1) Americans have the highest confidence despite middling education by comparison to other countries. (Google it.)
2) Americans are disproportionately wealthy so our lower classes can express their ideas, and are more confident expressing those ideas.
3) Our education system promotes common falsehoods in support of postmodern ideology, and our religious and traditional systems promote common falsehoods in support of aristocratic ideology (traditional american values).
4) The Pareto principle applies to all human activity: about 1% of people think of everything, about 19% understand and distribute that knowledge, and the remaining 80% form a long chain of imitation of that 20%. The distribution of IQ over 105 largely reflects the Pareto Principle. 105 is the boundary for articulated reason and repair of machines.
5) The evidence is that people reason much better over the past century. Its just that more people, in a wider distribution, with a lower average, participate in public discourse — and our academics have adopted a new but equally fallacious, albeit secular, religion and are propagating that religion, which both encourages confidence and spreads falsehoods. In response, the traditionalists retrench into their ideologies and so the din of irrationality continues to increase.
6) Despite the increase in population and the dramatic increase in education, hard degrees have remained relatively constant since 1963 – (we have not increased the number of ‘smart’ people getting degrees that require ‘smarts’ since that time. See Louis Menand and his bibliography on this topic.) Despite he dramatic change in our economy since the introduction of information technology and the decline of labor as an economic value, our education system still teaches using the model of the 1940’s and 1950’s – due largely to the competition over ideological control of education content combined with the resistance of teacher’s unions, and the transfer of spending on budgets from teachers salaries to administrative bureaucracy.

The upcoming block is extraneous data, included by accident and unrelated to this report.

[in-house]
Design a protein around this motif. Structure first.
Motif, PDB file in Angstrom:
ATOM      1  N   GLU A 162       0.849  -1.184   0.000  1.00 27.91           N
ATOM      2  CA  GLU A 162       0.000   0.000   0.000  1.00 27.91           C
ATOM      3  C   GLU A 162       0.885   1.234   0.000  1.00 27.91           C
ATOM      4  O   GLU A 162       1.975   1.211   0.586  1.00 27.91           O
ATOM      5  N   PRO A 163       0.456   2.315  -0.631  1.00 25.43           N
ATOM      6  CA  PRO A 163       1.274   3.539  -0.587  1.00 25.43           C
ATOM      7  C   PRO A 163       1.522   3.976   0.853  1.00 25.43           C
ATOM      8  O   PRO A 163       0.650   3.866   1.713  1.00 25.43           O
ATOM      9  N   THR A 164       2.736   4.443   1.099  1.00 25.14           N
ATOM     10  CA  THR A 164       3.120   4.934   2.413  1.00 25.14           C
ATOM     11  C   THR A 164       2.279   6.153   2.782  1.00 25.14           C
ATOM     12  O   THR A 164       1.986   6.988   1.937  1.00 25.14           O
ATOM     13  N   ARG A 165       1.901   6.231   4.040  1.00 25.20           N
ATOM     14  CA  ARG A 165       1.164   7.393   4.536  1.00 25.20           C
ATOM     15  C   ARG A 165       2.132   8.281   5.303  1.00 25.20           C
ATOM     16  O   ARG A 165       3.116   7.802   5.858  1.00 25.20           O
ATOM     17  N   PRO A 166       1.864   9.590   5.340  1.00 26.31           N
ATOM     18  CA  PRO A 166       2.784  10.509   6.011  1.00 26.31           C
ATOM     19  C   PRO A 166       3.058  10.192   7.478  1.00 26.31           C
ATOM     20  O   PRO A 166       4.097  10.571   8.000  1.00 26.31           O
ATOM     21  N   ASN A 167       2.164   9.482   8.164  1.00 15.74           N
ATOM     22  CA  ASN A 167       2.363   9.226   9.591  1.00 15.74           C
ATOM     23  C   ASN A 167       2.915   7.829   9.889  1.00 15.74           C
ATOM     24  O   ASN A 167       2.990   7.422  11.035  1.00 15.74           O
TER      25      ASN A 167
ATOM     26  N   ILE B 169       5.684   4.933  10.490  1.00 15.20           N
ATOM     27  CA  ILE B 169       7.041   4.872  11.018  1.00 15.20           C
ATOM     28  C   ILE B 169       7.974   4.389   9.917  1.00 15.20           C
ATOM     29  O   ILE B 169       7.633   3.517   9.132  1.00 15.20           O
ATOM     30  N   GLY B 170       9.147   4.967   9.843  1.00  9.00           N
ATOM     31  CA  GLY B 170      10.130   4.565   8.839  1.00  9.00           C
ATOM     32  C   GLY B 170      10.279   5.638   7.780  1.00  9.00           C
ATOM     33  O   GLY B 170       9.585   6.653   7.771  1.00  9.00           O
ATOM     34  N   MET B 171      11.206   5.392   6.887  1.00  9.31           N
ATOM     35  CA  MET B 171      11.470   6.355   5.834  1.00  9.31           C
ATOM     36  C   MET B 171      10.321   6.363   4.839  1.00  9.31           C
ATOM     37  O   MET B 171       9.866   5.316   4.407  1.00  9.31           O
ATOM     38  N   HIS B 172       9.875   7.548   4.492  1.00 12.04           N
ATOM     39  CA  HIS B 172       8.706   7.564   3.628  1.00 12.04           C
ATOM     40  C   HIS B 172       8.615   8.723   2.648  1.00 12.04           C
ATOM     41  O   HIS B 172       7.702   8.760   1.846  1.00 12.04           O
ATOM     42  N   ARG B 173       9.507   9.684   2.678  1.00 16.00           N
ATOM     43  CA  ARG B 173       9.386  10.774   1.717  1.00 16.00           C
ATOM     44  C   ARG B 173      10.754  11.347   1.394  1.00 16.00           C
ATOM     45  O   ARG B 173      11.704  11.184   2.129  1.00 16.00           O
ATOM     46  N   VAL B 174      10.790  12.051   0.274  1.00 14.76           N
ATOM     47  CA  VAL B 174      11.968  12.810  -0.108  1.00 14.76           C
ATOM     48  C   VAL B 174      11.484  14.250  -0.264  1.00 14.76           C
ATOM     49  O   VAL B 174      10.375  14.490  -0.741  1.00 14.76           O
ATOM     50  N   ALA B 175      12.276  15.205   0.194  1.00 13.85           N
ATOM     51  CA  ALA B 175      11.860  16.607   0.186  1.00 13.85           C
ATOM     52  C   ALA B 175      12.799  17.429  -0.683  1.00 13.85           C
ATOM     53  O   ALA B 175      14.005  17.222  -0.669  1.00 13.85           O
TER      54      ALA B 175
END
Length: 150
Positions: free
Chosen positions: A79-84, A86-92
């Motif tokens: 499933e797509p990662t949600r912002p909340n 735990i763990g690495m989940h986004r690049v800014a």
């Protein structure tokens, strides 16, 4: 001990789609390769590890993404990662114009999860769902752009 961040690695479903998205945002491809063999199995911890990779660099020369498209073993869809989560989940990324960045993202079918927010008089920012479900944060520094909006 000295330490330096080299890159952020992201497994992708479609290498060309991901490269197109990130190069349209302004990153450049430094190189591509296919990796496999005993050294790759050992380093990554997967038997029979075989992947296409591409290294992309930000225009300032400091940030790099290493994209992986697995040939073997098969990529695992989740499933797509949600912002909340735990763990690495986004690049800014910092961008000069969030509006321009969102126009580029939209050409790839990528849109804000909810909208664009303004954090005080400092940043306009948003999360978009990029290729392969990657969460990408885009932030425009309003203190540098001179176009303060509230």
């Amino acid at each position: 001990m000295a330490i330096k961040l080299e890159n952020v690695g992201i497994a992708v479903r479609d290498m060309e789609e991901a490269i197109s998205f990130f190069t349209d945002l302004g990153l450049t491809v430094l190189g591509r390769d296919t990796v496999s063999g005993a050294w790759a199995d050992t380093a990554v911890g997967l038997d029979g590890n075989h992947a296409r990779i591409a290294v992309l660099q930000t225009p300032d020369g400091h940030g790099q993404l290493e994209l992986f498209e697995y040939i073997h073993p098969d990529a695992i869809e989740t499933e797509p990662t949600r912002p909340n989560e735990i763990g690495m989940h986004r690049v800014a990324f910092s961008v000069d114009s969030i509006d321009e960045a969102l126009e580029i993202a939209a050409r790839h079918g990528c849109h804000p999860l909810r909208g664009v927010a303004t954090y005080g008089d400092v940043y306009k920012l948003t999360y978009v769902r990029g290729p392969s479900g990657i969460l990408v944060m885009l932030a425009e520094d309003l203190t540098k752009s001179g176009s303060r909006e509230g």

Advice: Until you understand the failings of science, the limits of mathematics under complexity, the lack of maturity in our understanding of the calculus of measurement, the immaturity of our understanding of economics and statistics, and the extraordinary influence of our cognitive biases – particularly false consensus bias, and the patently false content of most political philosophy, especially Postmodern political philosophy (“liberalism”), you might want to consider that allegorical, moral, and historical arguments have survived evolutionary processes and have produce positive outcomes even if articulated in arational terms. The profundity of this problem is what those of us who occupy ourselves with the solution to political problems struggle with. And this is Hayek’s lesson in The Road to Serfdom as well as the warning given us by Popper, Kuhn and Taleb, and historians like Mokyr. Reason is a limited tool, because of the variation in human ability.
The west is only beginning to understand what made it unique in world history, and it turns out that it’s not what we thought – and it might not even be very comforting – it’s just true anyway.
7) Most political differences consist of differences in time preference and mating strategy. As we evolve into individual economic units and the nuclear family becomes a minority, our different reproductive strategies – which determine our moral preferences and biases – are increasingly expressed in our political preferences, and social rhetoric. We have lost the common interest that multi house republican democracy under majority rule assumes we possess. Majority rule can solve the problem of selecting priorities for people with similar interests. Multi house majority rule can solve the problem of selecting priorities and negotiating compromises and trades between the social and economic classes. But majority rule cannot solve the problem of selecting from competing interests, or even negotiating resolutions between competing interests.
Our political system was designed to prevent legislation without wide support. But it has devolved for the reasons I mention above. and there is no solution to it in our current political system. We have an agrarian system of government designed in the age of sail, using accounting methods with agrarian (monthly) periodicity, that requires nuclear families with common interests, and a people with homogenous cultural values.
But we no longer have homogenous values, we no longer have common interests, we no longer have nuclear families, we no longer have agrarian economies, we operate in an age of instant transfer of information, and our businesses are organized, conducted, and then decline, not over generations but over less than a decades.
in context – people appear ‘dumber’ for these reasons. 🙂